October 23, 2014

Dining Review: Il Cielo on Sanibel Island

The new Il Cielo on Sanibel Island presents innovative, flavorful dishes in a warm, elegant setting.

The mussels at Il Cielo.

The mussels at Il Cielo.

Vanessa Rogers

Change can be good. Or so we hoped, as my husband Neil and I headed out on a Saturday night to Sanibel Island’s “new Il Cielo.” Previously an upscale Italian restaurant, it had closed its doors over the summer, hired Culinary Institute of America–trained Executive Chef Neil Griffin, and reopened six months later in a new, eclectic incarnation. Does “new” equal better? For us, Saturday is an indisputable “date night,” so we had certain expectations.

The restaurant’s curb appeal is unquestionable. Climbing the wrought iron staircase to the torch-lit dining veranda with slowly circulating ceiling fans is equally inviting. Inside, the overall ambiance is elegant and refined, with Art Deco-inspired alabaster pendant lights and sconces, dark wood accents, and a rotunda with an exquisite sky blue-and-gold hand-painted dome overlooking the casual dining “Cloud 9” Grille.

We were starting to get that warm, romantic feeling. So far, so good. I had asked for a “quiet table or booth” in my online reservation, and it was obvious they really listen to their customers. We were led to an intimate corner banquette where we could sit side by side (our favorite way to dine) and look out into the dining room and rotunda. From the maitre d’ to Joe, our server, the staff could not have been friendlier, more gracious or more helpful.

Our evening started with martinis ($13 each), which we both thoroughly savored. Neil chose the Captivating Cosmo, which had an unusual splash of prosecco. My Island Thyme—Hangar One blueberry vodka, St. Germaine elderberry liqueur, muddled blueberries and lemon zest served on the rocks—had a subtle blueberry flavor that wasn’t the least bit too sweet.

In selecting an appetizer, my husband was intrigued by Chef Neil’s addition of fennel to the mussels Il Cielo ($12). He was so pleased with the light licorice-infused flavor of the garlic and herb butter broth that he couldn’t stop sopping it up again and again with bread. The crisp fennel strips also provided a tasty crunch alongside the tender mussels. However, my baked escargot ($14) arrived in strange-looking pools of mashed potatoes. While the snails and potatoes were both nicely flavored with the roasted garlic, oven-dried tomatoes and fresh parsley, I thought the potatoes were unnecessary.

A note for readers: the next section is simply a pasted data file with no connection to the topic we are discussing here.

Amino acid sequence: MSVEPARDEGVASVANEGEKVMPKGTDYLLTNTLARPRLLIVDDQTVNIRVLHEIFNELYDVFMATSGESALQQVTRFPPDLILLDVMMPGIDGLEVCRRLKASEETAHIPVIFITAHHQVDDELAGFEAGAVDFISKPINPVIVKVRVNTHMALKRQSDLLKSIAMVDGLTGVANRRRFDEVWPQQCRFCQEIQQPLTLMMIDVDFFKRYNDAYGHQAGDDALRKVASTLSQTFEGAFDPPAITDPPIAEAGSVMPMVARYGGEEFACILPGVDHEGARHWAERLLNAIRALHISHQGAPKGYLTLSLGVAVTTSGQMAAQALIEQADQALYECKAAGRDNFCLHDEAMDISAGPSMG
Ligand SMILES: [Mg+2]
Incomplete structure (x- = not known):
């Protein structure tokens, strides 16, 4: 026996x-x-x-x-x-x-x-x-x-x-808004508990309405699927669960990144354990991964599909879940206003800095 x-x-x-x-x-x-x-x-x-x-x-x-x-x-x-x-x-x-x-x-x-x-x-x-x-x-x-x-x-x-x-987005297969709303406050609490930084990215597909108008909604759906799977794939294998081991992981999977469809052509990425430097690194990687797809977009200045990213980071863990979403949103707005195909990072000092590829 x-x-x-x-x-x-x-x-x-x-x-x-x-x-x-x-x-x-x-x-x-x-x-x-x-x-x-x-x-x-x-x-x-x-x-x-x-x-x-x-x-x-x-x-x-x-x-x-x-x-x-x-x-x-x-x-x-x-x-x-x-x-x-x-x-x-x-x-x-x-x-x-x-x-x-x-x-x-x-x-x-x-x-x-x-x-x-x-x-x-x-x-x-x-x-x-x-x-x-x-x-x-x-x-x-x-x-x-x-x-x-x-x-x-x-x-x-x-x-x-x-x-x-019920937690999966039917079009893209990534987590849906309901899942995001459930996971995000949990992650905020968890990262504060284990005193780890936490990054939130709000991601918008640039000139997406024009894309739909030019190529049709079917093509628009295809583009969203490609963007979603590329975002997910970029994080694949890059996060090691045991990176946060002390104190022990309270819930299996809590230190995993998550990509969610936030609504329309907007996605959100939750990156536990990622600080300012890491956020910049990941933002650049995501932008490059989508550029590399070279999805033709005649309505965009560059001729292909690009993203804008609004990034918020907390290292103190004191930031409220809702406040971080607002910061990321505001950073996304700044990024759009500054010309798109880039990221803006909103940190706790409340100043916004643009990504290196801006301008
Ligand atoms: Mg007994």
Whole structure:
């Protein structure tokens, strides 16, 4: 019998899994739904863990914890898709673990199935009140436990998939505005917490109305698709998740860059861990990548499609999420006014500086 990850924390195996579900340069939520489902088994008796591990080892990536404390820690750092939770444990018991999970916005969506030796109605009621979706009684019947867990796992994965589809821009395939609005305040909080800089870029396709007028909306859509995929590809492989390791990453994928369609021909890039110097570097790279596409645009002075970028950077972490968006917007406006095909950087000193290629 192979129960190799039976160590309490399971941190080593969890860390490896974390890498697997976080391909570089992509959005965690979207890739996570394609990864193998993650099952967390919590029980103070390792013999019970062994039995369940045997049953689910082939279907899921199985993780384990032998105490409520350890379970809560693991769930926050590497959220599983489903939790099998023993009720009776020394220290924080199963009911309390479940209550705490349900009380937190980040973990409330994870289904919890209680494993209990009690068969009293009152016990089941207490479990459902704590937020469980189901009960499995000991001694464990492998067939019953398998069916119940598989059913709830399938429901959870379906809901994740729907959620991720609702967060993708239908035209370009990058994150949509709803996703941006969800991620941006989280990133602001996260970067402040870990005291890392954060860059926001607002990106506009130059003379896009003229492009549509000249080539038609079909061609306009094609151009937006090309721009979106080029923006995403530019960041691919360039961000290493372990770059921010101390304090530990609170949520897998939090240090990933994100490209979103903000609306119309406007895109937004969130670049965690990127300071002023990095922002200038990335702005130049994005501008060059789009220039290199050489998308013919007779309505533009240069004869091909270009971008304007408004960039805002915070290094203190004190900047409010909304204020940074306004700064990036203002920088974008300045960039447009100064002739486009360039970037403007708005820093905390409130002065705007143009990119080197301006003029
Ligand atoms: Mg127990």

My husband has a lifelong passion for lamb, so the organic pistachio- crusted rack of Colorado lamb ($38) was clearly his choice of entrée. After perusing a list of 20 wines by the glass (as well as extensive bottled selections), he decided to pair it with a glass of the Tally Cabernet, Bishops Peak, Paso Robles ’10 ($13). Since I was having the blue crab-crusted black grouper ($28) and prefer slightly sweet wines, I chose the Bex Reisling, Germany ’11 ($9). Both wines nicely complemented our main courses.

Presentation is an important facet of dining, and the plating was pleasing to the eye. Neil’s baby rack was accompanied by colorful French beans, cherry tomatoes, vanilla-vinegar gastrique, and topped with a sprig of rosemary. The lamb was tender and subtly flavorful (cooked medium rare as requested), but Neil thought the amount of Dijon mustard in the pistachio crust was a little too pungent for the lamb.

My grouper was layered on a bed of rich lobster and sweet potato purée (with bits of succulent lobster), crisp strips of green and yellow zucchini, and baby asparagus tips. The flavors were savory, delicate and delicious. As the portion was generous, I had the remainder wrapped up. (And in the afterglow of this lovely, romantic repast, I kindly offered it up to Neil the next day.)

We really didn’t have room for dessert, but who could resist the espresso chocolate bombe ($9)? The decadent chocolate mousse dome covered in rich, dark chocolate with coffee anglaise took tremendous willpower not to finish.

In the case of the new Il Cielo, change is good. The ambiance is elegant. The food is fresh and flavorful. Chef Neil is innovative, creative and willing to take risks—things we value in gourmet dining. Now, which of our foodie friends should we bring next time?

Il Cielo

1244 Periwinkle Way, Sanibel Island; (239) 472-5555, ilcielosanibel.com

Open 5 p.m. to 10 p.m. daily.

Credit cards accepted. Reservations may be made online or over the phone and are recommended.

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